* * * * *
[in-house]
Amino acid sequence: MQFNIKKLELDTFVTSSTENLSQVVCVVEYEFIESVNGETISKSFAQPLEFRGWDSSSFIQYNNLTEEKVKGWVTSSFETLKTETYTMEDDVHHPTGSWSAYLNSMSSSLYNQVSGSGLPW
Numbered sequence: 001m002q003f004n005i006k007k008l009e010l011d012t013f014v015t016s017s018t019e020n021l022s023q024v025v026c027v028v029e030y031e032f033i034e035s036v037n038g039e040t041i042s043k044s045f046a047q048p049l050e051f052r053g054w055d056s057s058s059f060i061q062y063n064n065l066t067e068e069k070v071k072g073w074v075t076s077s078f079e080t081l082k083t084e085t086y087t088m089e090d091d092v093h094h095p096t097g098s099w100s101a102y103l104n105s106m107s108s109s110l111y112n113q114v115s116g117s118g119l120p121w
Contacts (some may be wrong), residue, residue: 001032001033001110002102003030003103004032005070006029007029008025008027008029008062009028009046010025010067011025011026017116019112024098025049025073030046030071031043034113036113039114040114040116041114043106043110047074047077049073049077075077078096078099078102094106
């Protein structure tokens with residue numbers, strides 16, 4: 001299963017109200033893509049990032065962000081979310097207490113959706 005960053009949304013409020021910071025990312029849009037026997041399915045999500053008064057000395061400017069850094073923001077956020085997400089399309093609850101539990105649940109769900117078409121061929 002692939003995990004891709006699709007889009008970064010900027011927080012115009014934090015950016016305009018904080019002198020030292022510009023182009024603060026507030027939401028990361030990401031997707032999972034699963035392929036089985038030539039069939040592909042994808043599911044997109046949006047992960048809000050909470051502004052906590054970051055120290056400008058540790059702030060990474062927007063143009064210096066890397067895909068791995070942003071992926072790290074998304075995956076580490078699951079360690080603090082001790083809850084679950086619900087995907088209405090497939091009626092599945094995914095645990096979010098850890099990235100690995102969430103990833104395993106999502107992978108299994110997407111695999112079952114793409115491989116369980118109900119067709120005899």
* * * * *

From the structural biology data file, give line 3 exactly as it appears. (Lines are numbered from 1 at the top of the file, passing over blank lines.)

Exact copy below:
Numbered sequence: 001m002q003f004n005i006k007k008l009e010l011d012t013f014v015t016s017s018t019e020n021l022s023q024v025v026c027v028v029e030y031e032f033i034e035s036v037n038g039e040t041i042s043k044s045f046a047q048p049l050e051f052r053g054w055d056s057s058s059f060i061q062y063n064n065l066t067e068e069k070v071k072g073w074v075t076s077s078f079e080t081l082k083t084e085t086y087t088m089e090d091d092v093h094h095p096t097g098s099w100s101a102y103l104n105s106m107s108s109s110l111y112n113q114v115s116g117s118g119l120p121w